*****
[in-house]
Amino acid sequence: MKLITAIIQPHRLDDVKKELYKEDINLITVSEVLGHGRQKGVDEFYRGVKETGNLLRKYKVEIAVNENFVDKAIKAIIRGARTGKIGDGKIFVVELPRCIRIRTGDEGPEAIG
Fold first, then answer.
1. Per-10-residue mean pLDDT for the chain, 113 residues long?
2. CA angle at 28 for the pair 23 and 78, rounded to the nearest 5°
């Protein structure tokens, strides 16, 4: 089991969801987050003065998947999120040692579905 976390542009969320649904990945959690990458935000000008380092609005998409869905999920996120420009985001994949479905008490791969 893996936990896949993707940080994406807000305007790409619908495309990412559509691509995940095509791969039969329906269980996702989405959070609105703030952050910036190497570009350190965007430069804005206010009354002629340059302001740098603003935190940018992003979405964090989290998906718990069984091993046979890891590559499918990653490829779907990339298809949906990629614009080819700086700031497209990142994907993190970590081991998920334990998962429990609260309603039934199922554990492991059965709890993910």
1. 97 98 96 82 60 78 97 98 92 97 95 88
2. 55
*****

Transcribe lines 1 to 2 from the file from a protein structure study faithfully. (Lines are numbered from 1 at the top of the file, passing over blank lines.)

[in-house]
Amino acid sequence: MKLITAIIQPHRLDDVKKELYKEDINLITVSEVLGHGRQKGVDEFYRGVKETGNLLRKYKVEIAVNENFVDKAIKAIIRGARTGKIGDGKIFVVELPRCIRIRTGDEGPEAIG